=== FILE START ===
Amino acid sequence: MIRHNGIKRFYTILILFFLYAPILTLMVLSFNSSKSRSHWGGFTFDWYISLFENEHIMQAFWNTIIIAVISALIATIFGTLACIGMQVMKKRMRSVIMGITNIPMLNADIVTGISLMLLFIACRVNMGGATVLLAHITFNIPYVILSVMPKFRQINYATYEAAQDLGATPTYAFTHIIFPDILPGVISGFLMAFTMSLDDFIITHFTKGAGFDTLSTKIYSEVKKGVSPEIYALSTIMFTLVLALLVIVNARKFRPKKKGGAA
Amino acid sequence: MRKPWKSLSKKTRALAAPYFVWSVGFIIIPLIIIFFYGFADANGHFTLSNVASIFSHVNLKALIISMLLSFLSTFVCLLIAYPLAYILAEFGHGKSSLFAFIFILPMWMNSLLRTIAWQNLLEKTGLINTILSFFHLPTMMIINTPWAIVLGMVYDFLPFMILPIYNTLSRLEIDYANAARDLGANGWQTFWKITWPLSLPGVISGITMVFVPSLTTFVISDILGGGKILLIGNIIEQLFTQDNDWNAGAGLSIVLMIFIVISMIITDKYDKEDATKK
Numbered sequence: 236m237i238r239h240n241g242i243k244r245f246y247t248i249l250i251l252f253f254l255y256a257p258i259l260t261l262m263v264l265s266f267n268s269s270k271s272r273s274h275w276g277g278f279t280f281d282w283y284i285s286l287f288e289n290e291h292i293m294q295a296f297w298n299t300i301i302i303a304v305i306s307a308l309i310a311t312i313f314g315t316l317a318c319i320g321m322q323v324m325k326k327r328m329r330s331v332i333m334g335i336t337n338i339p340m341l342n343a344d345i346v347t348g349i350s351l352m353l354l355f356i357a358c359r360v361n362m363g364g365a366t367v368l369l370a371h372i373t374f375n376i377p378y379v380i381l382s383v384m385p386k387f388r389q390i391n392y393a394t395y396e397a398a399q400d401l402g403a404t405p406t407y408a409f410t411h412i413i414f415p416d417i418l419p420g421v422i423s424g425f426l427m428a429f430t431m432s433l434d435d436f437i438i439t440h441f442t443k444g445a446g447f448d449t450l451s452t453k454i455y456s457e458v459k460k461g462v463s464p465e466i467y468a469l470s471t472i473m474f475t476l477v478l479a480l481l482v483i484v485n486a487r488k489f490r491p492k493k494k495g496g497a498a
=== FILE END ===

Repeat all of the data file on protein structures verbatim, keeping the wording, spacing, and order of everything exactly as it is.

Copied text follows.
Amino acid sequence: MIRHNGIKRFYTILILFFLYAPILTLMVLSFNSSKSRSHWGGFTFDWYISLFENEHIMQAFWNTIIIAVISALIATIFGTLACIGMQVMKKRMRSVIMGITNIPMLNADIVTGISLMLLFIACRVNMGGATVLLAHITFNIPYVILSVMPKFRQINYATYEAAQDLGATPTYAFTHIIFPDILPGVISGFLMAFTMSLDDFIITHFTKGAGFDTLSTKIYSEVKKGVSPEIYALSTIMFTLVLALLVIVNARKFRPKKKGGAA
Amino acid sequence: MRKPWKSLSKKTRALAAPYFVWSVGFIIIPLIIIFFYGFADANGHFTLSNVASIFSHVNLKALIISMLLSFLSTFVCLLIAYPLAYILAEFGHGKSSLFAFIFILPMWMNSLLRTIAWQNLLEKTGLINTILSFFHLPTMMIINTPWAIVLGMVYDFLPFMILPIYNTLSRLEIDYANAARDLGANGWQTFWKITWPLSLPGVISGITMVFVPSLTTFVISDILGGGKILLIGNIIEQLFTQDNDWNAGAGLSIVLMIFIVISMIITDKYDKEDATKK
Numbered sequence: 236m237i238r239h240n241g242i243k244r245f246y247t248i249l250i251l252f253f254l255y256a257p258i259l260t261l262m263v264l265s266f267n268s269s270k271s272r273s274h275w276g277g278f279t280f281d282w283y284i285s286l287f288e289n290e291h292i293m294q295a296f297w298n299t300i301i302i303a304v305i306s307a308l309i310a311t312i313f314g315t316l317a318c319i320g321m322q323v324m325k326k327r328m329r330s331v332i333m334g335i336t337n338i339p340m341l342n343a344d345i346v347t348g349i350s351l352m353l354l355f356i357a358c359r360v361n362m363g364g365a366t367v368l369l370a371h372i373t374f375n376i377p378y379v380i381l382s383v384m385p386k387f388r389q390i391n392y393a394t395y396e397a398a399q400d401l402g403a404t405p406t407y408a409f410t411h412i413i414f415p416d417i418l419p420g421v422i423s424g425f426l427m428a429f430t431m432s433l434d435d436f437i438i439t440h441f442t443k444g445a446g447f448d449t450l451s452t453k454i455y456s457e458v459k460k461g462v463s464p465e466i467y468a469l470s471t472i473m474f475t476l477v478l479a480l481l482v483i484v485n486a487r488k489f490r491p492k493k494k495g496g497a498a